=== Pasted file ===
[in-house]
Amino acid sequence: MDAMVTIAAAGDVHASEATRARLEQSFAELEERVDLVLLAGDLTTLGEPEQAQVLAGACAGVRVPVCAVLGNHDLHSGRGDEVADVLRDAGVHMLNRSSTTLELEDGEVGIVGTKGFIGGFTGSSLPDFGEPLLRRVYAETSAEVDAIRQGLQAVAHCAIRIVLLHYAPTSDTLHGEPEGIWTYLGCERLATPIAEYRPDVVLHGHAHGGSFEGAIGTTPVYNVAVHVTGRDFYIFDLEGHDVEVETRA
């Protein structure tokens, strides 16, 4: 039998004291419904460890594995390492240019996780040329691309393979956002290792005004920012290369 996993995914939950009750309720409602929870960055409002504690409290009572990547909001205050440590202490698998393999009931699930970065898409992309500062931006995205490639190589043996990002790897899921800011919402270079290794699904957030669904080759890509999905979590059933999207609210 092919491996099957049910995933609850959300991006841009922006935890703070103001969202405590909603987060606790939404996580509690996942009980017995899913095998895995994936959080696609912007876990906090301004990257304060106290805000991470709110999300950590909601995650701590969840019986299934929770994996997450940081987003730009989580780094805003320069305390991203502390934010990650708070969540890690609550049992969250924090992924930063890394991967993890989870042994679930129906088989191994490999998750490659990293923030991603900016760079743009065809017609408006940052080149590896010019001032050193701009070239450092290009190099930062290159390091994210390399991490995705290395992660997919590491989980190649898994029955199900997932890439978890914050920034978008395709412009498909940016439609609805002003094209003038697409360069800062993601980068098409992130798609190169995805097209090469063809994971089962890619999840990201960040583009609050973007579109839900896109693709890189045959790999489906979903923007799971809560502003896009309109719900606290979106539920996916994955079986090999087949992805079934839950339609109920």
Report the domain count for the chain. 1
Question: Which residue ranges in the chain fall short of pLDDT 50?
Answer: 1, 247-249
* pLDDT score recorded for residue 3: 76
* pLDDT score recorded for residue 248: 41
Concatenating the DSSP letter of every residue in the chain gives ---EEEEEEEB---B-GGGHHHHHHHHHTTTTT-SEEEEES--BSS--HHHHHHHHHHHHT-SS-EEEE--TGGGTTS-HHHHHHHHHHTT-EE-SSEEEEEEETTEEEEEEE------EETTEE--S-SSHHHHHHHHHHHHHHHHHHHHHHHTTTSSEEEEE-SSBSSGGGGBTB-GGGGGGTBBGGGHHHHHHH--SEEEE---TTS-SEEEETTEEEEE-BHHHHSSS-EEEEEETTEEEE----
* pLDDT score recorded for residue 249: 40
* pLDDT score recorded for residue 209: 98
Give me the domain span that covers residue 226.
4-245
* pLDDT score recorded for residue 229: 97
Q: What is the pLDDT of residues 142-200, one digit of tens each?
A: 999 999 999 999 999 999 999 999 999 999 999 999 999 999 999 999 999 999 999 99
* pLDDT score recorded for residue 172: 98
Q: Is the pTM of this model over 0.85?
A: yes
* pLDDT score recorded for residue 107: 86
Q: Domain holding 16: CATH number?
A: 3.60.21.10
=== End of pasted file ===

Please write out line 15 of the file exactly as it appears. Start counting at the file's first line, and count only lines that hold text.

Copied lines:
Q: What is the pLDDT of residues 142-200, one digit of tens each?